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Men's Hoops: Cats try to lock down Cougars


Photo
CHRIS CODUTO/Arizona Daily Wildcat
Oregon State's Nick DeWitz gets trapped by Arizona's Ivan Radenovic and Channing Frye during the first half of Arizona's 91-70 win over Oregon State Sunday in McKale Center.
By Roman Veytsman
Arizona Daily Wildcat
Thursday, February 24, 2005
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Olson wary of last meeting's mistakes

Whatever went wrong in its Jan. 29 loss to Washington State, the Arizona men's basketball team already has heard it over and over again.

As they take on the Cougars (10-13, 5-9 Pacific 10 Conference) at Friel Court tonight at 6:30 p.m., the No. 9 Wildcats (23-4, 13-2) believe they will show what they have learned.

"I think the big thing we learned is we have to go out and every time play our hardest," sophomore forward Ivan Radenovic said.

With three regular season games remaining and a daunting matchup against Washington Saturday, it can be easy to overlook the low-profile Cougars.

The senior leadership of center Channing Frye and guard Salim Stoudamire has the Wildcats more conscious of the opponent at hand.

"I think we're going to be a lot more focused than we were last time, and we know what we want to accomplish in the next two weeks," Frye said.

After the loss to the Cougars, Arizona head coach Lute Olson had the players stay in a hotel the night before the game so the entire team could be together.

They won't have to worry about that aspect because this game will be far from the spectacle of McKale Center, a situation Stoudamire has said he enjoys.

But Pullman is still a tough place to play. The Wildcats found that out last season when they squeaked by with a 61-57 win despite shooting 39.6 percent from the field on Jan. 31, 2004.

Olson is hopeful that Washington State's recent success will draw a larger crowd.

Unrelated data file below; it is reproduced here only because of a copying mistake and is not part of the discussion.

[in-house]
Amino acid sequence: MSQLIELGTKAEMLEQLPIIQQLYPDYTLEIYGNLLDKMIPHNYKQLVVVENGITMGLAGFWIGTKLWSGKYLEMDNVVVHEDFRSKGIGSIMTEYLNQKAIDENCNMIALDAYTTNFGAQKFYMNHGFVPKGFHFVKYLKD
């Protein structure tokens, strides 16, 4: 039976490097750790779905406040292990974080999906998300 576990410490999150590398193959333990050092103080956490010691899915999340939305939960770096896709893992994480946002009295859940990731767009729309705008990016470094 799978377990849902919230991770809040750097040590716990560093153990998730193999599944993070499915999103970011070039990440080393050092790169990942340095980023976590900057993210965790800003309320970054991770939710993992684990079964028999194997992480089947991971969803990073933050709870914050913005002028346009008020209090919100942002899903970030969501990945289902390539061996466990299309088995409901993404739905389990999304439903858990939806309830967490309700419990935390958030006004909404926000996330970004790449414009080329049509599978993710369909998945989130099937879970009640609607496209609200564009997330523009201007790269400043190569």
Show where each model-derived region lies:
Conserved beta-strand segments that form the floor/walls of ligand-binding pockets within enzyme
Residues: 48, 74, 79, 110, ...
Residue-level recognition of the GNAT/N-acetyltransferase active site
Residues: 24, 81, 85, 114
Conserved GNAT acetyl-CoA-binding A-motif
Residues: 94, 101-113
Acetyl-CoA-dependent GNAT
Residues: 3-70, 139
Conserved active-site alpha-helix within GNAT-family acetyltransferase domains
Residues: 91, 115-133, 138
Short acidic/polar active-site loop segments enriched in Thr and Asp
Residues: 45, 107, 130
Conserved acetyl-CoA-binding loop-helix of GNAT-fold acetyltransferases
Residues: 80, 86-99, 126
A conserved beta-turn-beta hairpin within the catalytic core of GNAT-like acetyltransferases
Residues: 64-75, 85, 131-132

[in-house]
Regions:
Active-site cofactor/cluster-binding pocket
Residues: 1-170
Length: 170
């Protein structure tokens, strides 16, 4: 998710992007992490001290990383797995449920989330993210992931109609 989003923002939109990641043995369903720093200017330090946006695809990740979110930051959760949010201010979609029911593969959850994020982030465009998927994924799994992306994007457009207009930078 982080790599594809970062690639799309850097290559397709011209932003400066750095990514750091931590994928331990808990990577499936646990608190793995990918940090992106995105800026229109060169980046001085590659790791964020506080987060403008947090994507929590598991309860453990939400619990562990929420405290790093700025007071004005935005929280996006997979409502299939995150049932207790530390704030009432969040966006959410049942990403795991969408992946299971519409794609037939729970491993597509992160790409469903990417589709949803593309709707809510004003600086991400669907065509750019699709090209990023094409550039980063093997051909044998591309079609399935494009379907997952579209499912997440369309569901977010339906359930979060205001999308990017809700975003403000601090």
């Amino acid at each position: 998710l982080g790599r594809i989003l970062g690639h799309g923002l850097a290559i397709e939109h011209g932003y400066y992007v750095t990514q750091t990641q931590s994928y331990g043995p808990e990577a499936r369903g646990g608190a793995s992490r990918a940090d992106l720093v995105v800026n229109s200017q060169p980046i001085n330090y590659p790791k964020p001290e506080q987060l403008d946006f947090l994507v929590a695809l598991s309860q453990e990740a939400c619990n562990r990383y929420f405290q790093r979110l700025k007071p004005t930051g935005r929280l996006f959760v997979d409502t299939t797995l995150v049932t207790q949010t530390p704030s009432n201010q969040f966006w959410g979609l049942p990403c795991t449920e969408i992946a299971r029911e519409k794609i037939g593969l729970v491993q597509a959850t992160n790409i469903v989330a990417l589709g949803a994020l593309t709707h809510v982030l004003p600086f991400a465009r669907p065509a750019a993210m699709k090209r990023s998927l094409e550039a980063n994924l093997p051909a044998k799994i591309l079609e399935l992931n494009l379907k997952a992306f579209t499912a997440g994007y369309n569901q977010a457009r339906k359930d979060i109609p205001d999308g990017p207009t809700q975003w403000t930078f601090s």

"I would assume that they are drawing better now (8,600 attended Jan. 19 vs. Washington). Hopefully that's the same situation for us. I hope we draw well. We play better when there is a lot of noise, regardless of who the noise is for," Olson said.

The Wildcats have been making noise of their own, averaging 90.2 points per game in six wins since putting up 63 against Washington State.

"We're going to try to play faster than last game, and I think we have the ability to do that," Radenovic said. "We can run them."

Arizona is 15-0 this season when scoring at least 80 points, but in their last four games against the Cougars, they have failed to score more than 75, averaging 67.8 points per game.

Olson believes the Wildcats can speed the game up if they continue to keep the pressure on Washington State's slow-down attack.

The addition of Chris Rodgers off the bench, who was suspended for the last game against the Cougars, will help establish a pressure defense.

"The key thing at Washington State will be our ability to keep pressure on them. In order to do that, we have to feel comfortable with our bench as well," Olson said.

Defense and pressure are the two keys to the game, said Frye, who had two rebounds in the first game. Since then, Frye has averaged 7.8 rebounds per game and the Wildcats have either matched or out-rebounded opponents in all six games.

Radenovic, Frye's frontcourt partner, has been a consistent force for the team and was the lone bright spot in the last matchup, putting up a double-double, with 11 points and 10 rebounds. He is averaging 8.6 points per game and 5.8 rebounds this year.

Stoudamire, the reigning Pac-10 Player of the Week, has been even more consistent, scoring at least 20 points in five of the six games since the loss.

Olson is happy with the way Arizona is currently playing and hopes that it carries over into the last stretch of the season.

"I'm happy at this point with the way we are defending, communicating and scrambling when somebody does get open. Guys are very alert and quick to the ball," Olson said.

If the Wildcats do get the win, Olson will tie John Wooden's mark of 304 career Pac-10 wins.

Arizona looks to stretch their winning streak to seven games. If they don't, they will have to hear all the talk again.

"You have to learn from your mistakes, that's it," said junior forward Hassan Adams.



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